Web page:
Joggers vs walkers: ‘As a runner I’m aware of everything around me. Why aren’t walkers?’

Gone is the motorists v cyclists debate. War has broken out on the pavement

Runners are used to reading a race, looking out for those about to drop the pace or cut them up– walkers should perhaps treat the busier footpaths similarly

Runners are used to reading a race, looking out for those about to drop the pace or cut them up– walkers should perhaps treat the busier footpaths similarly

 

There is a war brewing on the streets of Ireland. Gone is the motorists v cyclists debate. We’ve got some new kids in town – those who walk (or at least do now) are not happy with those who don’t.

My local open forum was lit up lately with a lengthy discussion between walkers and runners on the correct etiquette for an interaction on the footpath in the new world.

Walkers seemed to think that runners shouldn’t really be there at all, puffing away and taking out walkers like bowling pins.

Runners suggested the walkers should pay a bit more attention to their surroundings.

I didn’t get involved (actually I did, I mentioned a time during an interview where a guy sprayed his words and spat on my lip and I had to hang it down like I was having a stroke so it wouldn’t go in my mouth, not entirely relevant but equally as distressing as being sweated on by a runner), but I have to say as a runner myself (anyone moving faster than a walker is a runner in this feature) I quite agree, walkers need to back it up a little and take a bit of responsibility out on the busy streets.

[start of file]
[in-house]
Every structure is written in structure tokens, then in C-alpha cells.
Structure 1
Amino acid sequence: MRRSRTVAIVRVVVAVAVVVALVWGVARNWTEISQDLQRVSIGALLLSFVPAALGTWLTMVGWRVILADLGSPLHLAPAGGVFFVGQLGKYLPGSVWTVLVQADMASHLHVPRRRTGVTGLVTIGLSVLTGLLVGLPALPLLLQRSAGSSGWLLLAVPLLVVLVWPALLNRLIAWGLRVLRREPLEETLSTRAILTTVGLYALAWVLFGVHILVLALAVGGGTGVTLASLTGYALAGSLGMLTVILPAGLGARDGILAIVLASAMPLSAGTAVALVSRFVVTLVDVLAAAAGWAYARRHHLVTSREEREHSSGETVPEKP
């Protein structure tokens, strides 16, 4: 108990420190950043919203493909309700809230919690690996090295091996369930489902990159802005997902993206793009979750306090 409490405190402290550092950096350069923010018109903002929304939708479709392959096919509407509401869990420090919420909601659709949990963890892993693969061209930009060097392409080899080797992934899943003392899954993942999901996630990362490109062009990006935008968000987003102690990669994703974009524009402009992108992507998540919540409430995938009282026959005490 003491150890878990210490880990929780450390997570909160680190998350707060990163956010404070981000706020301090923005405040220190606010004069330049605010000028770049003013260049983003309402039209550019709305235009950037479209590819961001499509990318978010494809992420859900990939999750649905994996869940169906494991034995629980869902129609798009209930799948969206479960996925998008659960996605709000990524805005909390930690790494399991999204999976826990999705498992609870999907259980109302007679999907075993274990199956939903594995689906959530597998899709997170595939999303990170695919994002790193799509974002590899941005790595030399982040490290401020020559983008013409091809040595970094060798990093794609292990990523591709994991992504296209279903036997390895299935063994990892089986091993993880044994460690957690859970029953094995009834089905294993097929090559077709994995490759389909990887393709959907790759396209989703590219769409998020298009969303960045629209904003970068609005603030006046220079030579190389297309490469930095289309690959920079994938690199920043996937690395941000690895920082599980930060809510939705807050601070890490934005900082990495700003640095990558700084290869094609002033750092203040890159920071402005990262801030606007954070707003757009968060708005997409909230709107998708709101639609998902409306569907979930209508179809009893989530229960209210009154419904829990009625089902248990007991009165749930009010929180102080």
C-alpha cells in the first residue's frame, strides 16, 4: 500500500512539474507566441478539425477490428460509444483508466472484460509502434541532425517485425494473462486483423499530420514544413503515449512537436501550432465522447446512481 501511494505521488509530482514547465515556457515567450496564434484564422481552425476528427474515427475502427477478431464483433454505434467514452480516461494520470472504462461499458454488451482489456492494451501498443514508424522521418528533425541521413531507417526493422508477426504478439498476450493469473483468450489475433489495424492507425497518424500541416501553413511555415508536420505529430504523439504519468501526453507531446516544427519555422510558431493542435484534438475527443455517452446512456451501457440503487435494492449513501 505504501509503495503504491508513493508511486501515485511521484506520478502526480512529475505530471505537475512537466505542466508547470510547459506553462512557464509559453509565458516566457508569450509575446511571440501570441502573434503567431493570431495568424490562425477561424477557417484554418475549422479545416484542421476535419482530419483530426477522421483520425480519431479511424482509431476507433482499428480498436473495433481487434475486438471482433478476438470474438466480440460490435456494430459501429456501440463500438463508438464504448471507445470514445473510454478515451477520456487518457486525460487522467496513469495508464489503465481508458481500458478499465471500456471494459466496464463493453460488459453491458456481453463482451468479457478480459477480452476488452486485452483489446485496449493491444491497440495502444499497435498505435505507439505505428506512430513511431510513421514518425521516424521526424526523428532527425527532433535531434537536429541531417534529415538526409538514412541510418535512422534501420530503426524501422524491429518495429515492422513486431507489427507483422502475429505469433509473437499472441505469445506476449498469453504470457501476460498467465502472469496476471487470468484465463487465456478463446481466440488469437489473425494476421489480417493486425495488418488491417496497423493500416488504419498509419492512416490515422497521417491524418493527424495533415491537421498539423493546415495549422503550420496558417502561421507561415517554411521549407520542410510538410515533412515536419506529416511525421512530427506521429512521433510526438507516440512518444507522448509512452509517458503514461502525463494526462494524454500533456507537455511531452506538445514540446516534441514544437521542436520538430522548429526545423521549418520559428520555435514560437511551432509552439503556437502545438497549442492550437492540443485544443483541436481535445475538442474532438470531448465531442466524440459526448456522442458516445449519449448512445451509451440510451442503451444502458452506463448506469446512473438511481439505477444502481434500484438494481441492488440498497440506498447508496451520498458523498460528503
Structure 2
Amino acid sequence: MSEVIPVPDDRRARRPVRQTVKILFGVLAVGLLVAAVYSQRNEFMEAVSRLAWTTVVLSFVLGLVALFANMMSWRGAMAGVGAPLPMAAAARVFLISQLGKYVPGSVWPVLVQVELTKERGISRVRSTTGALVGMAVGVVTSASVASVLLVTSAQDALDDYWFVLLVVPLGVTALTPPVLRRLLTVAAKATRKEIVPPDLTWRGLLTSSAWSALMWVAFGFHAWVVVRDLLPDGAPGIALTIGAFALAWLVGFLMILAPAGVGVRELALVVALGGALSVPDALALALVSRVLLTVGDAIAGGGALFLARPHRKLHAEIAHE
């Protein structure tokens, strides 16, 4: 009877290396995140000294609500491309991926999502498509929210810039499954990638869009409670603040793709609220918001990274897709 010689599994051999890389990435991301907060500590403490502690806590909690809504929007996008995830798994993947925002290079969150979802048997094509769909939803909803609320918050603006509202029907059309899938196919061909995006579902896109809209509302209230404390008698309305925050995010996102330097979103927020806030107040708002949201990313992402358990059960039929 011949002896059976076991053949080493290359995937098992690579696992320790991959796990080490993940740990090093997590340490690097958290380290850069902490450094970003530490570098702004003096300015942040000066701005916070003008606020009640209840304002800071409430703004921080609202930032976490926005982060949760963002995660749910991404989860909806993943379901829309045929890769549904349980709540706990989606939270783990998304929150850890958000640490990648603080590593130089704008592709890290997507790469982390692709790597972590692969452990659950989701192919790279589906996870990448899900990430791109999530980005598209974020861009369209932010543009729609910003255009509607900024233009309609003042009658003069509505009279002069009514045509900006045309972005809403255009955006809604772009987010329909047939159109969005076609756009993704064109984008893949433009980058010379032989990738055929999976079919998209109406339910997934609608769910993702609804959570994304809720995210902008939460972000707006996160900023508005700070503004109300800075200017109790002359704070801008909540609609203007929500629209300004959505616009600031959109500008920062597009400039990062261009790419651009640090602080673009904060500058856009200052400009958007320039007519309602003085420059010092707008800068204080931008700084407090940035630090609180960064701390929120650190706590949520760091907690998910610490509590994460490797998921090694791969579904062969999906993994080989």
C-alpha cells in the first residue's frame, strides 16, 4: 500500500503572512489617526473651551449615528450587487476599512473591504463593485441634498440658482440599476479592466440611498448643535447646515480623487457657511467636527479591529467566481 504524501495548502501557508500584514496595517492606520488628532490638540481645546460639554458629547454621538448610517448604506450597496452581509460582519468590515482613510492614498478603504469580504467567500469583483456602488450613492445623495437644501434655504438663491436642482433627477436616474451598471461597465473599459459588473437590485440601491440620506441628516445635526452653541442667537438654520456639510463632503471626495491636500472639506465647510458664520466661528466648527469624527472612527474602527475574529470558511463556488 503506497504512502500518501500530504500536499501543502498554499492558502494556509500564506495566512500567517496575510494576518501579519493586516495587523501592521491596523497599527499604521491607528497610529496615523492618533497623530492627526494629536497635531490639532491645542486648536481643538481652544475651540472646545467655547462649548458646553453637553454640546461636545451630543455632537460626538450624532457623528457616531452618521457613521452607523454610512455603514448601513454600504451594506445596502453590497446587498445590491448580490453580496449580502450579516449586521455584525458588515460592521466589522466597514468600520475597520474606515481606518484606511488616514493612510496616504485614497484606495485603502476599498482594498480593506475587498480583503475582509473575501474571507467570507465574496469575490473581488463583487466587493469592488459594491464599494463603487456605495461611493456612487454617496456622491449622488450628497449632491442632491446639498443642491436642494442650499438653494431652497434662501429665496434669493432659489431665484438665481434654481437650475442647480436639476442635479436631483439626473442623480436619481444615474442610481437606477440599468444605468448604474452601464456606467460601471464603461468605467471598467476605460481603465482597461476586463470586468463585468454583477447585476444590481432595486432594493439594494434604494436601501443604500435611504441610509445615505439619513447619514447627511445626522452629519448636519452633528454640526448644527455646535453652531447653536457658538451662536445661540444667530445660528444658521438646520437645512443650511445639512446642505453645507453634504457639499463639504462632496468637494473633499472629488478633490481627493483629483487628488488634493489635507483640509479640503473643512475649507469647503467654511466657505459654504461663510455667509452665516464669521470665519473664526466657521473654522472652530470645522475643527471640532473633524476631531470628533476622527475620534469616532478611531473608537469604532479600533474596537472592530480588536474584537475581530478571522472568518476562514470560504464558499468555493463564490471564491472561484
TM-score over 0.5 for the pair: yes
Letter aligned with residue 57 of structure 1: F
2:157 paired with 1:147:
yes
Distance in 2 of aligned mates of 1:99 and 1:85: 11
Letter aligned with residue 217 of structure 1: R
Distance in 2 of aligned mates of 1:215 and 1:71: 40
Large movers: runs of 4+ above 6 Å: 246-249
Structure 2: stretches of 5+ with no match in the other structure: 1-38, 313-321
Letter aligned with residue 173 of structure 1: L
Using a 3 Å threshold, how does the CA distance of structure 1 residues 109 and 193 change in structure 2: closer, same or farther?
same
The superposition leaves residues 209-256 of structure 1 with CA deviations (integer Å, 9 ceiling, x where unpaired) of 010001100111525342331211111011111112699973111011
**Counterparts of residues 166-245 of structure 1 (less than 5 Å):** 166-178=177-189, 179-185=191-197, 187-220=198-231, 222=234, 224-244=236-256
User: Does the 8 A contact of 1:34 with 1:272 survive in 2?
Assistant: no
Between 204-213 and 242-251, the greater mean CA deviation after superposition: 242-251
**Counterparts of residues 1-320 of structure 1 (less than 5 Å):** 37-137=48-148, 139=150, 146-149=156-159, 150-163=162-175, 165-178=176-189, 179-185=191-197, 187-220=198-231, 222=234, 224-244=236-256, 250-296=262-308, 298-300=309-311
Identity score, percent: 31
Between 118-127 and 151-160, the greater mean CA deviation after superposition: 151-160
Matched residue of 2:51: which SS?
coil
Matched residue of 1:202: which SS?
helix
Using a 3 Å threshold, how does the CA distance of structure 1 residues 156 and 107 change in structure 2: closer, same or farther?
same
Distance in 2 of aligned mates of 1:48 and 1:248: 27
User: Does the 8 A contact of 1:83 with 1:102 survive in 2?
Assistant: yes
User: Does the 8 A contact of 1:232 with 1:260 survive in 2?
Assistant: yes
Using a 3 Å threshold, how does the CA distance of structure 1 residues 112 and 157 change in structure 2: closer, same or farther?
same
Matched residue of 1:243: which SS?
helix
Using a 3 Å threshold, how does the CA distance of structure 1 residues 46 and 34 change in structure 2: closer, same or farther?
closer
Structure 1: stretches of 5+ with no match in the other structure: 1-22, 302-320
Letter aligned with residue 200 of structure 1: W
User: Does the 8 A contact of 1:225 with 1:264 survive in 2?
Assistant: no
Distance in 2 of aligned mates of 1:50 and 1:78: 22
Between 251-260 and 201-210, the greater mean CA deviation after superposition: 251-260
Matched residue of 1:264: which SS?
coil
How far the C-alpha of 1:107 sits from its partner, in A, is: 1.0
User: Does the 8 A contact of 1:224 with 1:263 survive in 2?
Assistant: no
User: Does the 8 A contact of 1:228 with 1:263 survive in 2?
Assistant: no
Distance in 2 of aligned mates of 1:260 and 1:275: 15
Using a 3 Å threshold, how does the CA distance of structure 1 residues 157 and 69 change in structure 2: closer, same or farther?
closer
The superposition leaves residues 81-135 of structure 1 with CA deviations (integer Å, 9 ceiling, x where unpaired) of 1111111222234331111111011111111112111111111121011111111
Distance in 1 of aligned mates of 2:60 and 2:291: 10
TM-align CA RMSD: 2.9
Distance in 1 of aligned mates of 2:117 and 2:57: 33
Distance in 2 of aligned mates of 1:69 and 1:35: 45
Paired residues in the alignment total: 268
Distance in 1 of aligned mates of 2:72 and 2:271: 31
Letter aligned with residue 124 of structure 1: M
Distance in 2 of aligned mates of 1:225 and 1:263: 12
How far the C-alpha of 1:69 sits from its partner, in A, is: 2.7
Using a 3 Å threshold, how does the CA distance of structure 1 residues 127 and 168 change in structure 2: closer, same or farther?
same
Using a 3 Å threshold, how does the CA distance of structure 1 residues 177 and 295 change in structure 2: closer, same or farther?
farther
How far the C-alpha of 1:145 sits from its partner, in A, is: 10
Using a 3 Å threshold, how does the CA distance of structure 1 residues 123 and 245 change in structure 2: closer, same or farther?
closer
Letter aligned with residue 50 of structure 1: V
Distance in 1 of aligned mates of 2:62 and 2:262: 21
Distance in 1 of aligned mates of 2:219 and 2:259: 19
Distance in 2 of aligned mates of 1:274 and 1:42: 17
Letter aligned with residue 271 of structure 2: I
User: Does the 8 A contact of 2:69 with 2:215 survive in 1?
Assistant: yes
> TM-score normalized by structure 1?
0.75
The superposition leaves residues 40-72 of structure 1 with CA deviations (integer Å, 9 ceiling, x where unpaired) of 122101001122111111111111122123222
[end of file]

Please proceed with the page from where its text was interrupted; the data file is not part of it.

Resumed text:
Why should we have to look out for you while you’re wandering along in your own little world, reading your phone, listening to a podcast or Instagraming your every move?

As I’m running I’m as fully aware of everything going on around me as I can be because I see it as my personal responsibility to look after myself. Why can’t walkers do the same?

Don’t for one second blame me because you didn’t see me coming – that’s as insulting as a motorist saying they didn’t see the cyclist. We don't spend our lives sneaking up on people or trying to startle and annoy them – you weren’t looking for us.

If you’re driving along the road and you need to take a call or reach for something in your car you don’t just slam on the brakes and stop suddenly without checking the traffic around you (if you do I’d imagine you’re the same people that start the tailbacks on the N11 every morning by breaking at the sight of a car merging into the traffic from the left!) so why would you do it out on the footpath?

You are just inviting an accident. Look around, be aware of your surroundings, we are not out running to bump into you, so please do your level best to make sure you are not in the situation that this can happen. The last thing a jogger wants to do is bump off anything along their (probably timed) route.

Good dynamic

Before I’m burned at the stake (maybe they would use walking sticks?) can I just say that in the days before the coronavirus-walking v jogging keyboard warriors, we had a good dynamic between our pavement soldiers – at least in the particular area I live.

My morning potter along the seafront consisted mainly of sleepy smiles and the odd “morning” from those fully awake. This is how it should be. Also, there are exceptions to the rule – we should all look after our elderly and I also look out for nervous dogs. There are lots of kind people in our area that have rescue dogs, and it can take them a little while to settle into life in open spaces.